Sexist assumptions about women and men, about femininity and masculinity, and about relationships between men and women are often internalized by girls and boys. These notions may be reinforced by unequal conditions in schools and society, impeding women’s and girls’ social, economic and cultural participation and opportunities, including the possibility of unequal and abusive personal and professional relationships with men (including sexual assault, sexual harassment, and violence and control within intimate relationships).
These experiences lead to a host of negative consequences for the mental and physical health and well-being of women and girls. In schools, young women and girls who are targets of sexism and sexist violence may lose self-esteem and feel ashamed and unsure of themselves. They may feel powerless, afraid and angry, yet may internalize the anger having been taught that the emotion is unfeminine.
These painful and confusing feelings may lead to a range of indicators that young women are in difficulty. Internalized anger may lead to depression and other mental health problems, and to self-destructive behaviours such as eating disorders, drug and alcohol abuse and self-harm. Teachers may notice that some young women are quieter in class, that they are hesitant to share their opinions, to express themselves, or to speak out in class, especially in mixed-gender situations. They may hold back and be reluctant to participate in school activities. Early experiences of sexism and sexist violence may lead to a cycle of violence, as women and girls learn to undervalue themselves and their worth.
(See Amanda, Miyanda, Fadia, Lin.)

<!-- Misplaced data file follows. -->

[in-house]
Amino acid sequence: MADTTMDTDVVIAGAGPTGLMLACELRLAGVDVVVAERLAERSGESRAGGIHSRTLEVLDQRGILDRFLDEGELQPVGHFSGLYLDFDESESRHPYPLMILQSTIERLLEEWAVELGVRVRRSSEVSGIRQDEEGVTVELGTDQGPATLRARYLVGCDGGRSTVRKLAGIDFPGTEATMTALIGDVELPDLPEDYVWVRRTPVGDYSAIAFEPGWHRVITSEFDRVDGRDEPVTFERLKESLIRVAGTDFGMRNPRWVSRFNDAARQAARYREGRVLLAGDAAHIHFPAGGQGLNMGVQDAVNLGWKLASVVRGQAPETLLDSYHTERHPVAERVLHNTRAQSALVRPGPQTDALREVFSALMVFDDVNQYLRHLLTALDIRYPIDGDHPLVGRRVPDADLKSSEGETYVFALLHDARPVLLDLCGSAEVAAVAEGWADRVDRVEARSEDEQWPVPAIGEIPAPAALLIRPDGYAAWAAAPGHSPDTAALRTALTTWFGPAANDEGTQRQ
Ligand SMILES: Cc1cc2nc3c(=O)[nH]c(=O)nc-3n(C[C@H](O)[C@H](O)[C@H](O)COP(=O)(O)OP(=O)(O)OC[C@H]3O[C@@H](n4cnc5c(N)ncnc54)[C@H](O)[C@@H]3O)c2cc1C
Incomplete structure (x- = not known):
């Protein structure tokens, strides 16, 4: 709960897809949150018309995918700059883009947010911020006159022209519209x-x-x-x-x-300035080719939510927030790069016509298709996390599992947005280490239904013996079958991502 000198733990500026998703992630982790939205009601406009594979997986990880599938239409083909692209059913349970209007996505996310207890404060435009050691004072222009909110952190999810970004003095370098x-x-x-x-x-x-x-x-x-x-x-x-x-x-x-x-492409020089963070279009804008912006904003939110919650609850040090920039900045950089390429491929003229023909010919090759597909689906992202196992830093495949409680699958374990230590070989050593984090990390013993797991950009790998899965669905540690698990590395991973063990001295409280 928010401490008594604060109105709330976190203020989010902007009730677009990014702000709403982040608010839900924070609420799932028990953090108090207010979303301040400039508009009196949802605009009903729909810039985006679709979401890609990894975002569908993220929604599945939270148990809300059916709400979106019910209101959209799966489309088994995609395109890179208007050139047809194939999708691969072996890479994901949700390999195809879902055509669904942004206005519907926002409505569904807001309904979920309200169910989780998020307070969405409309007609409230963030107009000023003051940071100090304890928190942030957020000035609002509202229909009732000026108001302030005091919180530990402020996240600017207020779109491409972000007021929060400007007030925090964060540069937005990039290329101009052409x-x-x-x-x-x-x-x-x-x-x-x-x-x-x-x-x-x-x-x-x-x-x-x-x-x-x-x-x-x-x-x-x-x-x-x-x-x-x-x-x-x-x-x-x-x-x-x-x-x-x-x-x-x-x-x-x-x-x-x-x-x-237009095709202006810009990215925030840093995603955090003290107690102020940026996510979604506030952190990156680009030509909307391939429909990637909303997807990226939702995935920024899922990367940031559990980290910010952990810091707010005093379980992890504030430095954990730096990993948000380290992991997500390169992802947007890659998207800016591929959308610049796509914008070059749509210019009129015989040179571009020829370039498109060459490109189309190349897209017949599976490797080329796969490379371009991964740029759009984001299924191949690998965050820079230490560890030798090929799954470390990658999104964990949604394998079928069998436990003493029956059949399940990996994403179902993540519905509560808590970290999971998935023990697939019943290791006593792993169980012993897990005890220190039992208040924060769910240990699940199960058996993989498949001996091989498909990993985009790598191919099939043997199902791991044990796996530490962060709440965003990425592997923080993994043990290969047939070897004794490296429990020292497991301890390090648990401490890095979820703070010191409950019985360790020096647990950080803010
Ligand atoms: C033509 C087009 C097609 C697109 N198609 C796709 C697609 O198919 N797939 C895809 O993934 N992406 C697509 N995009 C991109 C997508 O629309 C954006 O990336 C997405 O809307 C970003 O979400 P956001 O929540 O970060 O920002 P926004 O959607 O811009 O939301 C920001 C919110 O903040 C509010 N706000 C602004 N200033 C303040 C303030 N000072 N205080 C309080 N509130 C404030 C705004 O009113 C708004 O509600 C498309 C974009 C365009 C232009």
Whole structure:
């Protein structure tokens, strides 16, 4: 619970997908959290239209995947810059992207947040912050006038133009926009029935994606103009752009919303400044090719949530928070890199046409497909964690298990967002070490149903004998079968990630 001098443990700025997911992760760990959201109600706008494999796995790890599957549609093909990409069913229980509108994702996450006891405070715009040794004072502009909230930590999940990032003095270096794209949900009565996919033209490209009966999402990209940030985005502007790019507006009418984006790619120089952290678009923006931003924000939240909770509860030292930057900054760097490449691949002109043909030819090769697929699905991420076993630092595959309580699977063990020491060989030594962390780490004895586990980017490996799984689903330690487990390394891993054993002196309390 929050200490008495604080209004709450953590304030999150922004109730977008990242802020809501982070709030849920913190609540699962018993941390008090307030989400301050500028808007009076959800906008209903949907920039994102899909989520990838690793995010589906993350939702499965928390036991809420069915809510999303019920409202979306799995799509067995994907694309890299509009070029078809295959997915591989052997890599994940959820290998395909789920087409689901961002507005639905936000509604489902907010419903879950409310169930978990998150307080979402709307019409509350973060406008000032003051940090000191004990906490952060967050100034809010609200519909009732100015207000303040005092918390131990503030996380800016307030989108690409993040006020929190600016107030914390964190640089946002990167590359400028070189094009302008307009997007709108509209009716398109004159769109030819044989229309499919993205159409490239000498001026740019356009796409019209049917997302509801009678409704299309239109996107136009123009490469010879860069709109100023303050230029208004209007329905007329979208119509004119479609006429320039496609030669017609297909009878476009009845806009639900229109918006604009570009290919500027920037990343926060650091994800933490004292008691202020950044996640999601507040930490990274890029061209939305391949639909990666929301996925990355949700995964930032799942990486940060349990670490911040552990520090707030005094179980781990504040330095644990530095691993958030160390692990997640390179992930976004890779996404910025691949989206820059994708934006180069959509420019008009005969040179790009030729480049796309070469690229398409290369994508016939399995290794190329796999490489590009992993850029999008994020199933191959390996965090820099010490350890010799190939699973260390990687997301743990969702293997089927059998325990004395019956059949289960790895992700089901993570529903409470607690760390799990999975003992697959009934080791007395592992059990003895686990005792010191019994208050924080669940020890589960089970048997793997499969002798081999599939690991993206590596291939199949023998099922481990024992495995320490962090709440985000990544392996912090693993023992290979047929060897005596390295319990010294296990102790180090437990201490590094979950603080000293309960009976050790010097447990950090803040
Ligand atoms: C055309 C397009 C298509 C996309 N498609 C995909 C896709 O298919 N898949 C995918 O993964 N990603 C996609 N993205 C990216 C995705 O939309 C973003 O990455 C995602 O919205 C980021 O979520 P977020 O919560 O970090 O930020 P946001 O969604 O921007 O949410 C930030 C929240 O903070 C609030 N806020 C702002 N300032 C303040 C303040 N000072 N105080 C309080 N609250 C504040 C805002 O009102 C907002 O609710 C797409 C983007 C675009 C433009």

Rigid gender roles arising from sexism can also cause serious and far-reaching consequences for men and boys, such as negative impacts upon their self-perception and ability to form healthy, egalitarian intimate relationships, as well as difficulty developing collaborative and cooperative social relationships. Furthermore, while boys and men gain social status, power and privileges when they follow gender rules, they are severely punished through gender-based discrimination for breaking them (see Homophobia and Gender-Based Discrimination).
Together we can all become allies in the struggle for women’s equality by communicating positive beliefs about women and girls and by encouraging greater flexibility around notions of gender (e.g. behaviour, appearance) in both boys and girls.
- What consequences of sexism can I identify?
- What manifestations of sexism have I seen (or experienced) in my school?
- How have sexism and misogyny had an impact on my personal development and my life?
- If I am a woman, what are some steps I could take in my own life to question any gender roles that may have limited me in the past?
- If I am a man, what are some small steps I could take in my own life (e.g. personal and professional interactions) to more evenly share my power and privilege with women (can include friends, colleagues, family members or intimate partners)?
- What kinds of strategies can I identify (or have we implemented in my school) that can facilitate the healthy development of girls’ and young women’s gender identity?